Poison oak can lead to the allergic contagious dermatitis (ACD). It can usually be spotted pretty easily. It appears as a large dense bush or shrub and usually grows in open sunlight or as a vine that is very woody in nature, appearing under shadows.
It is actually very similar to another plant that can cause similar irritations of the skin, poison ivy. The similarity between the two is that they both have three small leaflets located on each of their leaves.
The plant contains an oil that is called urushiol, which is a toxic chemical and leads to the irritation. The toxic matter is found all over the plant, on the leaves, roots and stems.
Direct or indirect contact with the plant can cause allergic reactions and skin irritations, also the inhalation of smoke when the poison oak is burned and the chemical substance is released into the air can also cause problems.
Once the poison is absorbed into the skin, the initial immune reaction begins. It can also be absorbed through the mucous membranes and through the nose or lips even.
Poison ivy and poison oak are the cause of 10 percent of lost work time in the American Forest Service, usually among rangers and people who work outside for the majority of the day.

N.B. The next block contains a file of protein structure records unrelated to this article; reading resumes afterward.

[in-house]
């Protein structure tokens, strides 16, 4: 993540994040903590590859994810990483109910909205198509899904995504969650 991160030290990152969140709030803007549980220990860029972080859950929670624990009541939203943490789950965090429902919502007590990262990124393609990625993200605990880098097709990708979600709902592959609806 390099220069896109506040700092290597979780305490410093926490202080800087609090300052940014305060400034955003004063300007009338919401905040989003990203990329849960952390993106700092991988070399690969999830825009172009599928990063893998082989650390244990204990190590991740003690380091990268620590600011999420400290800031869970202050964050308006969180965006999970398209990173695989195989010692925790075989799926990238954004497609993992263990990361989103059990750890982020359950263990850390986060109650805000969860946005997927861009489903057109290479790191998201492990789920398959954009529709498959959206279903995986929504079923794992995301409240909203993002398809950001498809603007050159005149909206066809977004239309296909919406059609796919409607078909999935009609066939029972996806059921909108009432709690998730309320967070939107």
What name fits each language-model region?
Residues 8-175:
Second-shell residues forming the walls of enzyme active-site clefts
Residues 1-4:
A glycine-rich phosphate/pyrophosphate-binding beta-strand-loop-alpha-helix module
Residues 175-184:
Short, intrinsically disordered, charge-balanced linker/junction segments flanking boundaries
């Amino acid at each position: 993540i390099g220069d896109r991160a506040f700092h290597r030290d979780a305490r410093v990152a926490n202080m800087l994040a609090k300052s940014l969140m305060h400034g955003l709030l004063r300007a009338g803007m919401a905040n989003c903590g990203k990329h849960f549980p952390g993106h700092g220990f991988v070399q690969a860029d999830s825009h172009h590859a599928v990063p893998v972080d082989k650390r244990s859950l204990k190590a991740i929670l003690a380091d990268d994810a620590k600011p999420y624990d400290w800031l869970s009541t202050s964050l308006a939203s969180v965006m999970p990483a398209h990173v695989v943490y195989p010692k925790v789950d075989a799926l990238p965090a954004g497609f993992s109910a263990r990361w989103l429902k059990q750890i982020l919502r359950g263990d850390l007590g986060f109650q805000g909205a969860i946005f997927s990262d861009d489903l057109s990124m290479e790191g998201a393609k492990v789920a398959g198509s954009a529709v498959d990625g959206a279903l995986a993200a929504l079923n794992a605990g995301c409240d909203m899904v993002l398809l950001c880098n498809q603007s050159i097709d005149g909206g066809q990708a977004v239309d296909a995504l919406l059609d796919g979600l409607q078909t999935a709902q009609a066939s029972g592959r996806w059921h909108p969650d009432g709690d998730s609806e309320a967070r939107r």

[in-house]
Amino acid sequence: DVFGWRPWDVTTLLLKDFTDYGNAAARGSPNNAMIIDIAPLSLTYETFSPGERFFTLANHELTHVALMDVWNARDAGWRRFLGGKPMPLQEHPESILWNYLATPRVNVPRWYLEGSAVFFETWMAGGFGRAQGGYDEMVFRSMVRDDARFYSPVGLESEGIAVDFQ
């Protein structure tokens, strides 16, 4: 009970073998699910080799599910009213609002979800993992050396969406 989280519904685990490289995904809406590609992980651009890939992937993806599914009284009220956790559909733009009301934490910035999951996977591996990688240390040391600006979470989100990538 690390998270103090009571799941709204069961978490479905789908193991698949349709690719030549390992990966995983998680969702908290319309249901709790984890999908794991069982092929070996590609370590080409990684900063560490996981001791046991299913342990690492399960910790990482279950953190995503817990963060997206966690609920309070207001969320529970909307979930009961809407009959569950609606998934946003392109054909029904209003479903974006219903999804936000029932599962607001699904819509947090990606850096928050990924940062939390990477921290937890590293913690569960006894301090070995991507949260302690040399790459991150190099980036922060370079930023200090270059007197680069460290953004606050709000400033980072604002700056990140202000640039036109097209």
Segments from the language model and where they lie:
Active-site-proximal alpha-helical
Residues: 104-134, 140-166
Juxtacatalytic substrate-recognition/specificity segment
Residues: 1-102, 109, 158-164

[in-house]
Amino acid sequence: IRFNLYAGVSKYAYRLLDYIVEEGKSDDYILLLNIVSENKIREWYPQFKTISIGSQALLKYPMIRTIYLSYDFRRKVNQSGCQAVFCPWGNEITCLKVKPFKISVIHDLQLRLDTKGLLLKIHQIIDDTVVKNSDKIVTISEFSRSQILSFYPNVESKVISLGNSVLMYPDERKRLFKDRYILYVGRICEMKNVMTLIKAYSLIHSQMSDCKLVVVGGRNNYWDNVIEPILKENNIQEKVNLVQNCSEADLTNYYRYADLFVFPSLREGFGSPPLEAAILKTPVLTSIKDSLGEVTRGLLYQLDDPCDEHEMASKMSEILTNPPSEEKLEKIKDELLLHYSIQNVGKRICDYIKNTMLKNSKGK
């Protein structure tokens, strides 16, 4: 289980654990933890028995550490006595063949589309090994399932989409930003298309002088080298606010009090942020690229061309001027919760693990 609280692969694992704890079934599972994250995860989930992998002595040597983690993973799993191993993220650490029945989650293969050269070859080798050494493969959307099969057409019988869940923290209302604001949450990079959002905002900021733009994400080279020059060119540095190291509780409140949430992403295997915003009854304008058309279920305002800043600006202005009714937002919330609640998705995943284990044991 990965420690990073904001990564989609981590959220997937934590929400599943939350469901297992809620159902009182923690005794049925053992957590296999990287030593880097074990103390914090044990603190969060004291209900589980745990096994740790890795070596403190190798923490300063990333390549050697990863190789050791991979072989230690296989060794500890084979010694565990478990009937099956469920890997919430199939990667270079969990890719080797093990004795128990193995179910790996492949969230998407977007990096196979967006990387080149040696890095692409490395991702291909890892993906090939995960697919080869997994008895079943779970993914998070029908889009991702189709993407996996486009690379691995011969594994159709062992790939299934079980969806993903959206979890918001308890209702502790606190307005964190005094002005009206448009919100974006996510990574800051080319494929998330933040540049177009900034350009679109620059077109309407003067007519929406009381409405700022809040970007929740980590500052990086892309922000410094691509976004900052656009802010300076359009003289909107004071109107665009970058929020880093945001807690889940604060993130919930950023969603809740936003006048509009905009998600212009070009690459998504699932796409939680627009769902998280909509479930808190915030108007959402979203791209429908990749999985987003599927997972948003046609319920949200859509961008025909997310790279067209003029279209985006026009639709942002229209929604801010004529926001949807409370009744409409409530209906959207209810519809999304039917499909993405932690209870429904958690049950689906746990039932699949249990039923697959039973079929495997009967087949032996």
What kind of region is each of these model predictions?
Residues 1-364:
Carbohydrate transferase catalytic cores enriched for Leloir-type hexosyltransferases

It is also a very troublesome plant for firefighters in California that often work in the coastal ranges where a lot of poison plants can be found.
However, 15 percent of the general population is immune to poison oak. Nevertheless, a majority of people who come in contact with the toxic plant will see some problems develop as a result.
The toxins in the poison oaks take in between 12 and 72 hours to fully penetrate through the skin. Once the toxic chemicals are absorbed, a person will experience severe itching and redness, along with swelling, on the surface of the skin that was affected by the poison oak.
After the itching and redness, very large blisters will form on the outer layer of the skin.
In many cases the rash can develop anywhere on the body, not just in the spot where the person made contact with the plant.
The best thing to do after noticing the rash is to wash the skin with warm water and soap and to throw all clothes that have been in contact with the poison oak into the hamper for washing.
Showering with cool water will help with the itching, along with anti-itch creams and oatmeal baths or applying baking soda mixtures to the skin.
If the allergic reaction to the toxin is very severe, then the person should go to see the doctor, who will probably prescribe medication and topical ointments and creams that will reduce swelling and itching.